With representing the line's volume player, it's of little surprise that the aftermarket is responding in kind and whipping together hop-up parts for the turbocharged four-cylinder pony car. Throwing money at performance mods months or even years after leaving the dealership with your new ride makes sense; buy the Mustang you want or can afford, save up for mods later. But would you drop $23,995 for an extra 25 horsepower?
We certainly appreciate the Mustang EcoBoost–based Shelby GT EcoBoost's additional 25 horsepower (for a new total of 335 ponies), its upgraded suspension and short-shift kit. But the Shelby GT EcoBoost package's price has us scratching our heads, since it is $23,995 on top of the price of an EcoBoost Mustang, for a total minimum cost of $50,195. (There are stripes and other add-ons, like Wilwood brakes, etc, available to send that figure higher.) We'll spare you the list of 335-hp-ish vehicles that can be had for less ( V-6 anyone? Too soon?) and skip right to the $33,200, 435-hp, V-8–powered factory Mustang GT. Or, you know, the $49,995 (Ford licenses the Shelby name for that unrelated model), which has pushing 526 horsepower.
Of the elements included with Shelby American's EcoBoost kit, only four are truly functional; of those four, three bits come straight from the Ford Performance catalog. You know, the catalog available to everyone, not just Shelby. There's the $299 Ford Performance short-shift kit, the $1499 Track Handling package (front and rear shocks, lowering springs, sway bars, toe links), and the Sport cat-back exhaust system, the least-expensive version of which runs $1489. Unmentioned in Shelby's sales brochure for the GT EcoBoost is an apparent engine tune, but an ECU programmer typically runs about $500.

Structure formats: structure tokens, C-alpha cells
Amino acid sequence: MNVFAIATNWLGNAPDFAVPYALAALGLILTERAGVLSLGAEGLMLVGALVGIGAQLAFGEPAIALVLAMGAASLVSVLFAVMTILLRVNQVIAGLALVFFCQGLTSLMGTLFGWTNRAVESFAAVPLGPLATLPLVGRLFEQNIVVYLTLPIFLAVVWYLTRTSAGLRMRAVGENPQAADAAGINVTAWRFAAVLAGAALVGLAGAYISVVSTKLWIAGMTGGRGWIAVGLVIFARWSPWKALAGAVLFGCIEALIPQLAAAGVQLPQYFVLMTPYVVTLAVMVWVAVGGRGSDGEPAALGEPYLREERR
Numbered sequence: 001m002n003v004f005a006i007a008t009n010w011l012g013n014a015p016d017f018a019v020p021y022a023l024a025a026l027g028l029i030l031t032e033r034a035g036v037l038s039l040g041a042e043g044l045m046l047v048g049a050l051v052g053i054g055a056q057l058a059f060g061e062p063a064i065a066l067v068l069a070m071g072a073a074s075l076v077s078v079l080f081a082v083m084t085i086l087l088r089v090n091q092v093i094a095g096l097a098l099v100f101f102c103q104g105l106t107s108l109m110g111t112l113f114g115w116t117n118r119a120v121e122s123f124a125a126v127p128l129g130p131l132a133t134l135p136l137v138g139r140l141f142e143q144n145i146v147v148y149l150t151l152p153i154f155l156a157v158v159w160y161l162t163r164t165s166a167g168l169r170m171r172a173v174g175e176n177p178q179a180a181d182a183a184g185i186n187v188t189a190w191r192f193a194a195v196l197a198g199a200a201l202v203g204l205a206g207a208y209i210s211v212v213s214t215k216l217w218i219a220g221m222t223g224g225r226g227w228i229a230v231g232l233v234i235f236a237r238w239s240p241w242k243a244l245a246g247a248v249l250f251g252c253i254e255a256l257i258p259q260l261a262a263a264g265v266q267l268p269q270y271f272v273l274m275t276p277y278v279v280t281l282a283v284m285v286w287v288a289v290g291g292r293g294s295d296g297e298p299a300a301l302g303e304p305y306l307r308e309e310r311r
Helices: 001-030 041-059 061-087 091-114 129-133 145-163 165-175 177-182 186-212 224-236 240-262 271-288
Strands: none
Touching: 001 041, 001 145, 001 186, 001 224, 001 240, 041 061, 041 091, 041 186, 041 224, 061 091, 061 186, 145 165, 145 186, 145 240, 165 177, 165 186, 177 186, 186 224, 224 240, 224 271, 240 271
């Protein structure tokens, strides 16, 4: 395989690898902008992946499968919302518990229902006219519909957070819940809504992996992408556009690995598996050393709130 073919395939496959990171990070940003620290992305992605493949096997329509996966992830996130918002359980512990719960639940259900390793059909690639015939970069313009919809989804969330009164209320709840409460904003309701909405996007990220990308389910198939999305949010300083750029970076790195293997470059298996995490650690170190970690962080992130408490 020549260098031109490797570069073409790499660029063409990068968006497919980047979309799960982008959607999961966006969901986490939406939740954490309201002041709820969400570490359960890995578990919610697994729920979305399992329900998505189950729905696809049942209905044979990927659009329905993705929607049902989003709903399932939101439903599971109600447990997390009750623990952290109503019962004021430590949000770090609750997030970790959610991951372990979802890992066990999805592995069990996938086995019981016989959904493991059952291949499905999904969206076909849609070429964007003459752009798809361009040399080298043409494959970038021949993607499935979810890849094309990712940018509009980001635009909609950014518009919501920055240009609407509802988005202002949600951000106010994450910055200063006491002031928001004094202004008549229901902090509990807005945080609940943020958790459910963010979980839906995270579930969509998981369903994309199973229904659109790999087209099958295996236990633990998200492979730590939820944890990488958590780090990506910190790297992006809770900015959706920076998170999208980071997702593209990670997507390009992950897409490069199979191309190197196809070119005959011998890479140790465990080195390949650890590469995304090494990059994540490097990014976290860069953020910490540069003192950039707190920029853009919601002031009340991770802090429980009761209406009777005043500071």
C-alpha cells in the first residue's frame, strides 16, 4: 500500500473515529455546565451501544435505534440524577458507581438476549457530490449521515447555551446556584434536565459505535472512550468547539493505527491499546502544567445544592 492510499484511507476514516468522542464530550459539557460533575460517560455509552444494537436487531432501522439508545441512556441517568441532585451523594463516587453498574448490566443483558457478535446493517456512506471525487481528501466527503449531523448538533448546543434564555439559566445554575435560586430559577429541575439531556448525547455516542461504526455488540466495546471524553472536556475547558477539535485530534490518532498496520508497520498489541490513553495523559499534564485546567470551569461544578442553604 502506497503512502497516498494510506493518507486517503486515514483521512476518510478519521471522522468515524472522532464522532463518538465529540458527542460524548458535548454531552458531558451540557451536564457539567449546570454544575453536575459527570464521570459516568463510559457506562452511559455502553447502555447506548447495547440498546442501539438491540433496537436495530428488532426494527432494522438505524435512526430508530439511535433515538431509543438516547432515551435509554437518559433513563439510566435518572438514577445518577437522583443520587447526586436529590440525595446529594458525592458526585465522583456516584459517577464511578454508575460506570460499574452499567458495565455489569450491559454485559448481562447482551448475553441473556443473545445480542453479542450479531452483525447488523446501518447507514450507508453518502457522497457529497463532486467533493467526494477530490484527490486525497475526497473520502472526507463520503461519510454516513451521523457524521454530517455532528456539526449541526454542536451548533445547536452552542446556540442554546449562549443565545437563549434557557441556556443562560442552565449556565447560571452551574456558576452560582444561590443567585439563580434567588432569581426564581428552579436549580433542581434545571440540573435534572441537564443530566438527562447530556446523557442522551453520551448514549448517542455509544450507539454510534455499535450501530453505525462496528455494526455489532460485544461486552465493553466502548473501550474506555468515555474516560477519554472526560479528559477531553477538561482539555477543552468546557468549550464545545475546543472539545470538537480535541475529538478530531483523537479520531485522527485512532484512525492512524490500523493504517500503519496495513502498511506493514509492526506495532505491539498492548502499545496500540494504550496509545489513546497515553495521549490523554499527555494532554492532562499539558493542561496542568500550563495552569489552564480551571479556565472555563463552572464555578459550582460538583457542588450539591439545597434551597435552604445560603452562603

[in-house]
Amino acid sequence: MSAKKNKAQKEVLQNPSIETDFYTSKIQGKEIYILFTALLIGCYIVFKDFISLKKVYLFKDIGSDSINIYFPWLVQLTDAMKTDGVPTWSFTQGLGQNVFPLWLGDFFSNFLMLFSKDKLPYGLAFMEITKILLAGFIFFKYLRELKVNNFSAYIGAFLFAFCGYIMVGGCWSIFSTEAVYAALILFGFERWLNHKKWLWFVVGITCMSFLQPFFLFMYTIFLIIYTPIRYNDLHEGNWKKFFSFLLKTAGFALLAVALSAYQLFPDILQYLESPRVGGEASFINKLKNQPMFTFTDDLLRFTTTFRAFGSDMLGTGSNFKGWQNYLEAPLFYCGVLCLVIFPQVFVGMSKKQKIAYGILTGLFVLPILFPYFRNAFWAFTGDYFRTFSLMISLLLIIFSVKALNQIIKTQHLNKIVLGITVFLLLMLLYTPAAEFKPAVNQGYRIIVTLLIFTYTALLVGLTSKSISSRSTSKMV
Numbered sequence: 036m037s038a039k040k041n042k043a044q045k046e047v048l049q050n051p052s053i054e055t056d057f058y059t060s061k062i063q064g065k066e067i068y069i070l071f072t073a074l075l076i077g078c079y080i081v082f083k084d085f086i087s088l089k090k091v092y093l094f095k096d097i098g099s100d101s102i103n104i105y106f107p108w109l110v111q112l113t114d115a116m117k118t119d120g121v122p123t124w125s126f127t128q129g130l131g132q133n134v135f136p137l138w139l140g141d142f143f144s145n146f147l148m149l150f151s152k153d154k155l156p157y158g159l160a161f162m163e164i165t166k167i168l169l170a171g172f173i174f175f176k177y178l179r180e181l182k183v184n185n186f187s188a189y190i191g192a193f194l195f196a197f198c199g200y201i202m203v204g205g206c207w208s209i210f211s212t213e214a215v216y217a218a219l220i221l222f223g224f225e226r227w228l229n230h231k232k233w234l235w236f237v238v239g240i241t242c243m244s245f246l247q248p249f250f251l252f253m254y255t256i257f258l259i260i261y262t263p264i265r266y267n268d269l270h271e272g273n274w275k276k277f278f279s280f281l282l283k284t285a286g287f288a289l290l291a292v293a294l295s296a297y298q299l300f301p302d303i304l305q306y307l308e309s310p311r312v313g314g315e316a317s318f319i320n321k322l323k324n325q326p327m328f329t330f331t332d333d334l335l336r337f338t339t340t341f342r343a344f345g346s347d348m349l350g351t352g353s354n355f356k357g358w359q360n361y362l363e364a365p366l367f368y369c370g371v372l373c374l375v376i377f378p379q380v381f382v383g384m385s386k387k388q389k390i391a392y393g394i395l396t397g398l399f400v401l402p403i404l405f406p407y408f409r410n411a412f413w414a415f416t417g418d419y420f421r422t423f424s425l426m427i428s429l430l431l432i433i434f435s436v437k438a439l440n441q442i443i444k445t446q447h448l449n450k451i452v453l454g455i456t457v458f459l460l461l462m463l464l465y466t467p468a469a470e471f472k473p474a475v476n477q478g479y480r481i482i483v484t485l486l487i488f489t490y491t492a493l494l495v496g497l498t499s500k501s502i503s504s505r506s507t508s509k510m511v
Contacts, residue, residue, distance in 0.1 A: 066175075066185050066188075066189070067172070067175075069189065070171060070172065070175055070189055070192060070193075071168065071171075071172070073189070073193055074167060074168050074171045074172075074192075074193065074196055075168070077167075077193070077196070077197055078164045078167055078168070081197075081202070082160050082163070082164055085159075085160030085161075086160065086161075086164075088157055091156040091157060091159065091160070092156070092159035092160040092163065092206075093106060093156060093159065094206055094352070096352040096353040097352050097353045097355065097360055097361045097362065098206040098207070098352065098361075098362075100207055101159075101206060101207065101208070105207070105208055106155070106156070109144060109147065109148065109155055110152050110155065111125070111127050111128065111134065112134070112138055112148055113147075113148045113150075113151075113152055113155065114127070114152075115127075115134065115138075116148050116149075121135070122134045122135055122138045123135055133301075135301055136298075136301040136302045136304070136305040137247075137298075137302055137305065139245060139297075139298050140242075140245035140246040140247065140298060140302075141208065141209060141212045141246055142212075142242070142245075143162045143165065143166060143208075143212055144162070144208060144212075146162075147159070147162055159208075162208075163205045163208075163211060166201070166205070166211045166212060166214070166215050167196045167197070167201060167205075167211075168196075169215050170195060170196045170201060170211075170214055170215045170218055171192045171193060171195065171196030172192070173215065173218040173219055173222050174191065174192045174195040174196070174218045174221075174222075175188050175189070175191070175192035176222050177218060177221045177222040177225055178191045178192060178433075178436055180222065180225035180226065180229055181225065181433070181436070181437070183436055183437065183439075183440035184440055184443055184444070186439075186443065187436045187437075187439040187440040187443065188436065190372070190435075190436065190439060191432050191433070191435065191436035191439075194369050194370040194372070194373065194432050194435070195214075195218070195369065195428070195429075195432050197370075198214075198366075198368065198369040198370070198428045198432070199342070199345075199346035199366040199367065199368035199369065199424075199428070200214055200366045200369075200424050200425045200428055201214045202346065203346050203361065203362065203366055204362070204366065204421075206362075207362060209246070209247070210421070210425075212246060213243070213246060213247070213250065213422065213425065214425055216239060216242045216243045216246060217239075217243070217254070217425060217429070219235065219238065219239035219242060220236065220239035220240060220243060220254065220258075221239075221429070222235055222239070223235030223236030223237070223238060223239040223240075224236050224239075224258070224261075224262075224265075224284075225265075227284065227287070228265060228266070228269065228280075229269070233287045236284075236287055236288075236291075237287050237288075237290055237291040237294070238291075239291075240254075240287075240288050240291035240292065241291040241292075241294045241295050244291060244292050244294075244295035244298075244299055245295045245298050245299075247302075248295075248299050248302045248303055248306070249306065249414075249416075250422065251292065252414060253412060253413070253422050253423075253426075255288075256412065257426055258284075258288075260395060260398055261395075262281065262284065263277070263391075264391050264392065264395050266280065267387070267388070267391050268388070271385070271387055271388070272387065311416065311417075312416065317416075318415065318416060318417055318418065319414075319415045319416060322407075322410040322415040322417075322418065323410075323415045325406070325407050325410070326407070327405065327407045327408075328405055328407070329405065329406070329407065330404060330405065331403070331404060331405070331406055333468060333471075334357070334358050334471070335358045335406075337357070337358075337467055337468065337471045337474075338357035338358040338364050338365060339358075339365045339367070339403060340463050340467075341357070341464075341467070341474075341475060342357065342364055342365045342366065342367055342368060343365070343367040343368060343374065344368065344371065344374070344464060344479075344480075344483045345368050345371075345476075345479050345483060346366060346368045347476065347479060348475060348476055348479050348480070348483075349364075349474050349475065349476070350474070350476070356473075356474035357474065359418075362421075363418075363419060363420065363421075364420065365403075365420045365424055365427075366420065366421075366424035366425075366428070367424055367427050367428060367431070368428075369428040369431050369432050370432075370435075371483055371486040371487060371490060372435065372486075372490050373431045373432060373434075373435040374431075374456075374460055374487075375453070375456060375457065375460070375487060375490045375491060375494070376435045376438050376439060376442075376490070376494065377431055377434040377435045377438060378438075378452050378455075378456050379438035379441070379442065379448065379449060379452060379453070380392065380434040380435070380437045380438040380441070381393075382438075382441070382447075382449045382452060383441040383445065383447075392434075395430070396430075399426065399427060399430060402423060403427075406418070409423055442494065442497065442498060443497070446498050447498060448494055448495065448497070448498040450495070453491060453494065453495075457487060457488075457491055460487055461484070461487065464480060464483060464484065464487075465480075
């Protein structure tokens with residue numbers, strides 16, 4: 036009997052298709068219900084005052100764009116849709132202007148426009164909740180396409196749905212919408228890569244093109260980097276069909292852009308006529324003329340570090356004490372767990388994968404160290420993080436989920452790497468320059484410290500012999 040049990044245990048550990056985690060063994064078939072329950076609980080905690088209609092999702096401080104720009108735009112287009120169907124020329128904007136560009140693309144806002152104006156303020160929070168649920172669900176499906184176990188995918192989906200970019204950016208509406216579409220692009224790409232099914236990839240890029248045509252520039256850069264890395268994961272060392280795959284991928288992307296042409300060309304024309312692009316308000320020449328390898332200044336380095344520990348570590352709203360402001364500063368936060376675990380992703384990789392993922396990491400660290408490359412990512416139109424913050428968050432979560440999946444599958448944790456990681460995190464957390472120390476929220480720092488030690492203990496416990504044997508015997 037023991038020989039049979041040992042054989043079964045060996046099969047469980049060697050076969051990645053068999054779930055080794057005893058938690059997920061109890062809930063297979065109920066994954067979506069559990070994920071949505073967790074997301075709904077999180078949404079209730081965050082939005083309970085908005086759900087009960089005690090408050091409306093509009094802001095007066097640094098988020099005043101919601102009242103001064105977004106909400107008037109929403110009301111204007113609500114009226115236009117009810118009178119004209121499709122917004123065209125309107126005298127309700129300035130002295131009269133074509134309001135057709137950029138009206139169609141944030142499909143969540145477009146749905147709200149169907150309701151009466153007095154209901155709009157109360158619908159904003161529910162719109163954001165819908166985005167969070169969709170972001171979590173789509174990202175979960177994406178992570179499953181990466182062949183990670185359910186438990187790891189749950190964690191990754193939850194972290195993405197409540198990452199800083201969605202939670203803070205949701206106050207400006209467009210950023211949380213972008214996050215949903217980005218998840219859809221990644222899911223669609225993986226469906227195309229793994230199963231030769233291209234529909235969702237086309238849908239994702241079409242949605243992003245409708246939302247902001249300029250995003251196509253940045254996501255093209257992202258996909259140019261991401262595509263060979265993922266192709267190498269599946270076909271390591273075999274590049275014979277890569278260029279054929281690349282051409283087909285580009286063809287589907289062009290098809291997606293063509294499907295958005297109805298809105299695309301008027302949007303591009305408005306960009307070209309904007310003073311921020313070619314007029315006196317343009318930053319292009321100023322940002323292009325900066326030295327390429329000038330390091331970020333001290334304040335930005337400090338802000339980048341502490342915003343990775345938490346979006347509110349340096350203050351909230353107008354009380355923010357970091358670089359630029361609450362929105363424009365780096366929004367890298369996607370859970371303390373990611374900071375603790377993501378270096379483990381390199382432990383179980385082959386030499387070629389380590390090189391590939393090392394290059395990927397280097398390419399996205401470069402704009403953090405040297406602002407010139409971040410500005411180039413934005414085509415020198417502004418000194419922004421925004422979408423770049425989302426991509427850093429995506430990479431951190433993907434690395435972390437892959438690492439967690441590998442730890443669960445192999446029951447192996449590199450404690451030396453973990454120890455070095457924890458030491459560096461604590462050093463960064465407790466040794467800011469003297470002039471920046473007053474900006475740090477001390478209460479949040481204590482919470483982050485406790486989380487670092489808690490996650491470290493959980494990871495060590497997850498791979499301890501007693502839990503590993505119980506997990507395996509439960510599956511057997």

Add it all up, and it's about $3787 worth of parts. So where is the other $20,208 of your money going? Well, there are some carbon-fiber bits (splitter, hood, and side sills), Shelby GT stripes and badges, plaques for the dashboard and engine cover, Shelby floor mats, and 20-inch Weld Racing wheels with Michelin Pilot Sport tires. Oh, and, uh, the cost to put all of this on your Mustang. The kicker: Shelby American goes out of its way to declare that after the build, it "retains all take-off parts." Wave goodbye to any possible savings from selling the stock wheels and suspension components.
We suggest that if you want a more powerful Mustang, visit your nearest Ford dealer and ask to test drive a GT. Even better, ask for the GT with the optional Performance package. As for those who already own a Mustang EcoBoost, our instructions are to also visit a Ford dealer—and order those Ford Performance parts. If these suggestions are somehow too confusing, you deserve this Shelby; just don't forget to cross-shop Roush Performance. They'd be happy to take $6959 of your money for a "Stage 1″ Mustang EcoBoost—with zero additional horsepower.